Thursday, November 5, 2020

Recovery of HIV encephalopathy in perinatally infected children on antiretroviral therapy

Innes S, Laughton B, van Toorn R, Otwombe K, Liberty A, Dobbels E, Violari A, Kruger M, Cotton MF. Recovery of HIV encephalopathy in perinatally infected children on antiretroviral therapy. Dev Med Child Neurol. 2020 Nov;62(11):1309-1316. doi: 10.1111/dmcn.14639. Epub 2020 Aug 10. PMID: 32779195.


Aim: To describe the trajectory of clinical signs in children who developed human immunodeficiency virus encephalopathy (HIVE) after starting early antiretroviral therapy (ART). 

Method: This was a retrospective case-cohort description of HIVE among Cape Town participants from the Children with HIV Early AntiRetroviral treatment (CHER) trial. Criteria for HIVE diagnosis were at least two of: (1) acquired central motor deficit, (2) impaired brain growth, and (3) failure to attain or loss of developmental milestones in the absence of an alternative aetiology. 

Results: Of 133 surviving participants who initiated ART at a median age of 9 weeks and who were followed until a median age of 6 years, 20 (12%) developed HIVE at a median age 31 months (interquartile range 19-37). In these, the first neurological deterioration was noticed at a median age of 19 months, when 16 were on ART and nine had undetectable HIV viral load for a median of 12 months. Signs of upper motor neurons were present in 18, of whom 12 resolved and four had persistent spastic diplegia; 19 had motor delay, of whom 14 resolved; 12 had language delay, of whom 11 resolved; and 16 had impaired brain growth, of whom only five recovered. For the 16 participants already on ART at HIVE diagnosis, regimens were not altered in response to diagnosis.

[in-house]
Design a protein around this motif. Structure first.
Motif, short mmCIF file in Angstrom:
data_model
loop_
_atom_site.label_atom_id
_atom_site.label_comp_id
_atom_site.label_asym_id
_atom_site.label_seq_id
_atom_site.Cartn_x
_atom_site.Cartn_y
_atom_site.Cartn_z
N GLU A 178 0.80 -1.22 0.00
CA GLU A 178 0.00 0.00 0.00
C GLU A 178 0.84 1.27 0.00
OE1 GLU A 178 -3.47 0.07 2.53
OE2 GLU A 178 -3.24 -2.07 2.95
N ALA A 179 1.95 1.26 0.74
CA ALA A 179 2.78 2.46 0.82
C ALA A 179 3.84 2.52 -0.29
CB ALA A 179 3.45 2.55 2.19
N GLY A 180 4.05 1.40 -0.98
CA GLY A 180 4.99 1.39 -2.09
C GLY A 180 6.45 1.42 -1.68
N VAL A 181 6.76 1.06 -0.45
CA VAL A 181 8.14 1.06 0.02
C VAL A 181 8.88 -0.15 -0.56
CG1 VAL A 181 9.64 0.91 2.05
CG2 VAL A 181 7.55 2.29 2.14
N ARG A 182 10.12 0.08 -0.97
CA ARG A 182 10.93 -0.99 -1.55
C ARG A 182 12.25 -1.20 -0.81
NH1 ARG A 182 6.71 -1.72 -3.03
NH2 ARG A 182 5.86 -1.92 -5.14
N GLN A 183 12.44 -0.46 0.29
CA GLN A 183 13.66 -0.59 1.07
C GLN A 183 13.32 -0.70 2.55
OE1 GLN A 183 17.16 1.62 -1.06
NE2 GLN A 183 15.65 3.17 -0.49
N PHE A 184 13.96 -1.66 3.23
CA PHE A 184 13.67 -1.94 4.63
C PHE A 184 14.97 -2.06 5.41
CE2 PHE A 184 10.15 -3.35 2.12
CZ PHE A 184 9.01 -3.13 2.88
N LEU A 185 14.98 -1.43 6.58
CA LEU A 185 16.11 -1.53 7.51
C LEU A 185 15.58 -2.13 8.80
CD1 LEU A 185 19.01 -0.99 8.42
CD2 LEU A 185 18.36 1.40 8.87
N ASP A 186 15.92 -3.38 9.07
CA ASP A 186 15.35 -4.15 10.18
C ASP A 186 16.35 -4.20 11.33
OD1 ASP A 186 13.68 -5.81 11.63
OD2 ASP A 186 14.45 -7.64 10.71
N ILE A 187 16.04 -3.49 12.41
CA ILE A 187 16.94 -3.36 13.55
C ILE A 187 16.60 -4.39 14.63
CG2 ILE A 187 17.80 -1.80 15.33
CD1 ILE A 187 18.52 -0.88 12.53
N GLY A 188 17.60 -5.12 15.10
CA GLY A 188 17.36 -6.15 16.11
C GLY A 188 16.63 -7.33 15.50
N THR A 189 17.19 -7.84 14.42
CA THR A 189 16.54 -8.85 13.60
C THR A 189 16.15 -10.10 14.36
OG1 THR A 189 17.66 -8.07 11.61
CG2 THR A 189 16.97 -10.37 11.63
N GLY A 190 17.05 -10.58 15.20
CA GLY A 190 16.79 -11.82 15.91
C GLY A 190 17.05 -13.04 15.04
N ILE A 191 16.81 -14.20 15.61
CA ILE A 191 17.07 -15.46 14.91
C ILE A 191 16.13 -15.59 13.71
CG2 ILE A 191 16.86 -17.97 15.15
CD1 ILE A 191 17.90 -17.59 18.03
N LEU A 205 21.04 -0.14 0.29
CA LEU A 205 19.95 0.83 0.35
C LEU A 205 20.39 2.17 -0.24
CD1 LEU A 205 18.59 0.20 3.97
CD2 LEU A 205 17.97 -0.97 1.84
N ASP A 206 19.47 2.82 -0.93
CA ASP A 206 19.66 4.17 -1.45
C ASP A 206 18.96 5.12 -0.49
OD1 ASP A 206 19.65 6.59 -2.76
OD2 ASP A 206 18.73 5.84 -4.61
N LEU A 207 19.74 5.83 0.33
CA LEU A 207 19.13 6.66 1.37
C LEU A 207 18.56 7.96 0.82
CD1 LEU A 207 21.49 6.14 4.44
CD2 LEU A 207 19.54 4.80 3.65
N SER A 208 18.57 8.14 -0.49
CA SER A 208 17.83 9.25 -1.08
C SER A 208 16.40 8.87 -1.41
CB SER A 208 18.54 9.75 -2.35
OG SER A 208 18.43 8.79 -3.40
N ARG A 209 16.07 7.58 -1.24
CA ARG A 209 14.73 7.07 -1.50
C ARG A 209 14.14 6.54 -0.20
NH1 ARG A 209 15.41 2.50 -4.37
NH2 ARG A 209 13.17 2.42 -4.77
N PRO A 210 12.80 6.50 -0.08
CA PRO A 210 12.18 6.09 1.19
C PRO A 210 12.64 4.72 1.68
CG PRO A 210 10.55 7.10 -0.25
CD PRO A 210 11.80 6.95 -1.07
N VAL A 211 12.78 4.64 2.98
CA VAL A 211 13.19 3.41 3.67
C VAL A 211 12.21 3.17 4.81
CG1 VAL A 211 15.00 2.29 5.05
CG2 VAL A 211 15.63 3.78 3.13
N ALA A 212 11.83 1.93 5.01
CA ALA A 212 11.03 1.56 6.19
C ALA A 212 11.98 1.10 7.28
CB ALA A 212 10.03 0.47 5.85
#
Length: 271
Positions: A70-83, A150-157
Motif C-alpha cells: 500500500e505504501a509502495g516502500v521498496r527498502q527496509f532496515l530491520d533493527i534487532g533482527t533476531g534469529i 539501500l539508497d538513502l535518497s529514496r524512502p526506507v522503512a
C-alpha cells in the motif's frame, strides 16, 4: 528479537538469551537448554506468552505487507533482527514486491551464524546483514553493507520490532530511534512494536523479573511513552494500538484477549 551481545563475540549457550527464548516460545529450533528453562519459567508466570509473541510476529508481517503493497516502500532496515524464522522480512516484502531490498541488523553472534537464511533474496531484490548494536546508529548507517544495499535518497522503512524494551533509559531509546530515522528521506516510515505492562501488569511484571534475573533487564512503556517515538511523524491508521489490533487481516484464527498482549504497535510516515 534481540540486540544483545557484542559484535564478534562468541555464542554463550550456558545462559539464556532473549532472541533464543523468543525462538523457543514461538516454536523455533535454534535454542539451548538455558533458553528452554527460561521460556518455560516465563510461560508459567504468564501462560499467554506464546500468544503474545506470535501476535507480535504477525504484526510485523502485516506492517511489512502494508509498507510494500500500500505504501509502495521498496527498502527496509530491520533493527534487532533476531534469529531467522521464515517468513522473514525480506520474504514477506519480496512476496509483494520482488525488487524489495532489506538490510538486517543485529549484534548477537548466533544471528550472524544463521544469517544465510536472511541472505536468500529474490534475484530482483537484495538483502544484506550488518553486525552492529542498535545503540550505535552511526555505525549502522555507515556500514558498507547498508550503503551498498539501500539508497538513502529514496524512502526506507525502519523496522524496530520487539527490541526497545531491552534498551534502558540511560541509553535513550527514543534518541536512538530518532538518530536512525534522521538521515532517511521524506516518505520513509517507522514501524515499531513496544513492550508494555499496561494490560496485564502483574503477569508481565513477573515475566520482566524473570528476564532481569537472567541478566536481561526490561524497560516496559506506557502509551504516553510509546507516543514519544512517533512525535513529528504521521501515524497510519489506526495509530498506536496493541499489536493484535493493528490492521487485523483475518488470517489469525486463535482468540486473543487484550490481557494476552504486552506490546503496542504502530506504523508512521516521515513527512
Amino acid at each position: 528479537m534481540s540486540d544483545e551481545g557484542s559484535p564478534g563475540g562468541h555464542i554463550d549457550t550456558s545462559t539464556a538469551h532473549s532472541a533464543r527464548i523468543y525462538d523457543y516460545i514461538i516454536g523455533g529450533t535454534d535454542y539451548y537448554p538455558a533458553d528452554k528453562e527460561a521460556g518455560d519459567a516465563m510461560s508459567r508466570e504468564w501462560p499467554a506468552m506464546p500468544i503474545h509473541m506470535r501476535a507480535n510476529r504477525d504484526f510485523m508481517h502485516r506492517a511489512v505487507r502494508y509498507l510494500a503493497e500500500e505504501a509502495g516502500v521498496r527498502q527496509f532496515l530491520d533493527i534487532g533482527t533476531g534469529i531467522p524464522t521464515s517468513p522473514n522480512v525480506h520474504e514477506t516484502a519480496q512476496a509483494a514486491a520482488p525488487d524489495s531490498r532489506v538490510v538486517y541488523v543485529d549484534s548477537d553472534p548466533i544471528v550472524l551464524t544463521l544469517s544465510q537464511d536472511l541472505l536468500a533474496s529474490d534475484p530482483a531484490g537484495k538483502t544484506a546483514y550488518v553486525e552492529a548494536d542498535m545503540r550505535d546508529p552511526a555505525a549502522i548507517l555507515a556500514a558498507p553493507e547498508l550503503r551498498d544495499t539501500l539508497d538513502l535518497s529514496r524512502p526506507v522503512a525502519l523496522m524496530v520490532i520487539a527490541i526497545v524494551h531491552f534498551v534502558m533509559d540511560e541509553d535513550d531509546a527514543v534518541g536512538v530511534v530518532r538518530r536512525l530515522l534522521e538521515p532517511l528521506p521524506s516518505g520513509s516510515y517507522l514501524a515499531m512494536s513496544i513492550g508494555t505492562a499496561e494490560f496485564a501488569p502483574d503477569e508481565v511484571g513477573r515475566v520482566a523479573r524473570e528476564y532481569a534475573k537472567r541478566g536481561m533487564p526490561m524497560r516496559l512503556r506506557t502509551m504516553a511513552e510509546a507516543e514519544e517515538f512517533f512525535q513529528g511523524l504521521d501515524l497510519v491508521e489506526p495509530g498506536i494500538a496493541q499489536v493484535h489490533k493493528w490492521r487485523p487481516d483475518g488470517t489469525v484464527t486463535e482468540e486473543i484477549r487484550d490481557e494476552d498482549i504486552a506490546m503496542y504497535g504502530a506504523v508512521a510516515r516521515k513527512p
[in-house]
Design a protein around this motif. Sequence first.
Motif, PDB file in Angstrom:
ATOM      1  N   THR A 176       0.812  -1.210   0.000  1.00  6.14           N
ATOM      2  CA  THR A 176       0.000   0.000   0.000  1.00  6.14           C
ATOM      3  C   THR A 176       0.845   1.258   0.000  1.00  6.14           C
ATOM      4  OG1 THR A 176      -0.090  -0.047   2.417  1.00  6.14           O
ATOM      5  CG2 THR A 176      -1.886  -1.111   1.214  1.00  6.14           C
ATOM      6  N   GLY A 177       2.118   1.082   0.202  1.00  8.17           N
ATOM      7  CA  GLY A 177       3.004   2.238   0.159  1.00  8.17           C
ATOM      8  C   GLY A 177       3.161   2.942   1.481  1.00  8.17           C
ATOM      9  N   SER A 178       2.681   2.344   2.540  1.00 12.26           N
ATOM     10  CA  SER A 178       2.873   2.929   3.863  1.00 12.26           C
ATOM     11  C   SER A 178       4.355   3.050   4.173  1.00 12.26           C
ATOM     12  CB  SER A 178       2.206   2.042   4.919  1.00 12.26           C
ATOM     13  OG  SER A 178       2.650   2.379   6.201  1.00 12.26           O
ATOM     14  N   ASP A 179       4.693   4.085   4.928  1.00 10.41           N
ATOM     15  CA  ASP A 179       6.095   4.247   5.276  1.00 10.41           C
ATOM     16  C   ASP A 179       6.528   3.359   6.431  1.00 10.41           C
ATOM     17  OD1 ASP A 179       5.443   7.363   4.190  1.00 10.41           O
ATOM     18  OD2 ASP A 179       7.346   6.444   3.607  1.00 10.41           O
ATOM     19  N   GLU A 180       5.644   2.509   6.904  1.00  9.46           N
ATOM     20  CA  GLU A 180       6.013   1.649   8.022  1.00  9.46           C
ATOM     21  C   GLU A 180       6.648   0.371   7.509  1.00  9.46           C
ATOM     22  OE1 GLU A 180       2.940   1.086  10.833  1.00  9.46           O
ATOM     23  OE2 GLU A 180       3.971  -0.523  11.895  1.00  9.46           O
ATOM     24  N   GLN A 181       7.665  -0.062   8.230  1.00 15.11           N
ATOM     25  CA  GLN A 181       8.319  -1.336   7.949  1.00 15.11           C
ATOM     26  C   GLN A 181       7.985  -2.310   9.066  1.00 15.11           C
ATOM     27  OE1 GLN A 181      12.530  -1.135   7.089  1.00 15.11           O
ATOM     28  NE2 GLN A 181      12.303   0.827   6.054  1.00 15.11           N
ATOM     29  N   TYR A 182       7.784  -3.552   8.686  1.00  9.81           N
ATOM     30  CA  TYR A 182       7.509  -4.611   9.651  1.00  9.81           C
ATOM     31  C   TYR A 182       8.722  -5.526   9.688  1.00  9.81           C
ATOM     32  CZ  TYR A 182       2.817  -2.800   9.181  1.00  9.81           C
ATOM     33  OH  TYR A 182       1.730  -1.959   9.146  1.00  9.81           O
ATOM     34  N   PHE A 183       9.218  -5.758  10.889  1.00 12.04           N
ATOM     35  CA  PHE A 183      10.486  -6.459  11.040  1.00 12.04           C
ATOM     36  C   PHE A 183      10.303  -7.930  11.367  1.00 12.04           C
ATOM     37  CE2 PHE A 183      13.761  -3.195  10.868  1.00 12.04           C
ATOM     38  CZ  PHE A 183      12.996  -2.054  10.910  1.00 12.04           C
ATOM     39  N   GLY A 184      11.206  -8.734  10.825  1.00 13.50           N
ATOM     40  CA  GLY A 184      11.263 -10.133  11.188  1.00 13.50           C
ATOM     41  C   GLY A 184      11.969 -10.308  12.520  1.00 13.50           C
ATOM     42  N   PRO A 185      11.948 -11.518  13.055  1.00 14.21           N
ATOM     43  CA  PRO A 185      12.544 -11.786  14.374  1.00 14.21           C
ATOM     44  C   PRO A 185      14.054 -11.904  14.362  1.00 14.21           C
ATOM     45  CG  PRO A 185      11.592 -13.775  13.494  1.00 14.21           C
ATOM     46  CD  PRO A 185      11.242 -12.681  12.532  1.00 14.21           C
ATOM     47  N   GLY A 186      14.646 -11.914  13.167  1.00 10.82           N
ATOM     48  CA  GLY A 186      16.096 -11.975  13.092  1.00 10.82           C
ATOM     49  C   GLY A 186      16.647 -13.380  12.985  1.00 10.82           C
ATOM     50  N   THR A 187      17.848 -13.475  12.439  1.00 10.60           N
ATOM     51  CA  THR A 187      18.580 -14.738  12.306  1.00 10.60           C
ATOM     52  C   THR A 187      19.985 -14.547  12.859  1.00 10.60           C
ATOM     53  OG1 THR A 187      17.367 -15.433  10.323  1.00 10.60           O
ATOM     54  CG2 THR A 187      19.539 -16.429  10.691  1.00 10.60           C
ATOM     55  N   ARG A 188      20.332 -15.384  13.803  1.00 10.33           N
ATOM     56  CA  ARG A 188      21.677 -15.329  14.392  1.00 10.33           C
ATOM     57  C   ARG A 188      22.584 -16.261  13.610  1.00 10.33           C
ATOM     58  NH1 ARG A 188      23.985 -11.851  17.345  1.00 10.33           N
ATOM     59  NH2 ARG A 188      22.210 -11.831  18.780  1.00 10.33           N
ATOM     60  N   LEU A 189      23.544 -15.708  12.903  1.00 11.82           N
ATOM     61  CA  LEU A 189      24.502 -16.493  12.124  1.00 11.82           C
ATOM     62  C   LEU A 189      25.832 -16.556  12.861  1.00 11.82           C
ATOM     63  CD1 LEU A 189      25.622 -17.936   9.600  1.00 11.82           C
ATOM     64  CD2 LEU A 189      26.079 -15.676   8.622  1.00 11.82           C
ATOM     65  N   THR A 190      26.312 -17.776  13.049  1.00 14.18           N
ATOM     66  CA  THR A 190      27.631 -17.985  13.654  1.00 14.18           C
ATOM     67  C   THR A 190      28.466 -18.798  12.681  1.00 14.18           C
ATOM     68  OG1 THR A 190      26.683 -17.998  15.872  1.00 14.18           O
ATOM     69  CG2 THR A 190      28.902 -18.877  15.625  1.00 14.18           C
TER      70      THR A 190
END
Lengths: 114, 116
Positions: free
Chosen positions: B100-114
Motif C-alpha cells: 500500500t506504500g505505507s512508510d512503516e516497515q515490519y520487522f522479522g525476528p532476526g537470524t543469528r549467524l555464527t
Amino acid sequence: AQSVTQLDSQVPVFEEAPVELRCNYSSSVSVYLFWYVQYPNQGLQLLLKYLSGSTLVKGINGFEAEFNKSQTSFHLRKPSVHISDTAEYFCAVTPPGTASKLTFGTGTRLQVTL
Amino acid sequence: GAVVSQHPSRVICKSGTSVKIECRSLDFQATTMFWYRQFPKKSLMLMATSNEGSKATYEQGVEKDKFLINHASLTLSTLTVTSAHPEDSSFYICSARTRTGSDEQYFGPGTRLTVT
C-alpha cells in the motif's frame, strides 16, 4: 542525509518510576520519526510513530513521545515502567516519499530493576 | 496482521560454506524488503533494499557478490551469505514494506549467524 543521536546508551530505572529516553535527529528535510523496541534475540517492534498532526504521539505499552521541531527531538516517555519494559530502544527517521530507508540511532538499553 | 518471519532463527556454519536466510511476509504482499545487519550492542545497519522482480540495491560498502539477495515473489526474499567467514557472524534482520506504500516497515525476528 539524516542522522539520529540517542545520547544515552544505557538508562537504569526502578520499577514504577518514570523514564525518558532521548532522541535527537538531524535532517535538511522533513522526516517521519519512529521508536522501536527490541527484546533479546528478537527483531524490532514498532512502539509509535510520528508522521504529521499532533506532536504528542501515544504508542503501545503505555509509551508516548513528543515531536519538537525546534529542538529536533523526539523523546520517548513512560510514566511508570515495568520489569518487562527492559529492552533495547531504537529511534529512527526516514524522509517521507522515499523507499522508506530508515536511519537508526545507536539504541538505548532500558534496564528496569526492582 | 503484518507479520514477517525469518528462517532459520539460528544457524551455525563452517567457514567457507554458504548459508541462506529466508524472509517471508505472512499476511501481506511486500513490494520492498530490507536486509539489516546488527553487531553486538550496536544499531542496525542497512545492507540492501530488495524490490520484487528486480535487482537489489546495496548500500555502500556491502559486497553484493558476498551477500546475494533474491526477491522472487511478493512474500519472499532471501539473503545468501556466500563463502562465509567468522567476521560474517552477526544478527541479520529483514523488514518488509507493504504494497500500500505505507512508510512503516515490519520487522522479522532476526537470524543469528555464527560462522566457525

Interpretation: HIVE may occur despite early ART initiation and virological suppression and then resolve on unchanged ART, most likely as intrathecal inflammation subsides. 

What this paper adds: Despite suppressive antiretroviral therapy, children can develop human immunodeficiency virus encephalopathy, The most common manifestations are motor deficits and impaired brain growth. Most experience improvement, with many resolving without additional intervention.

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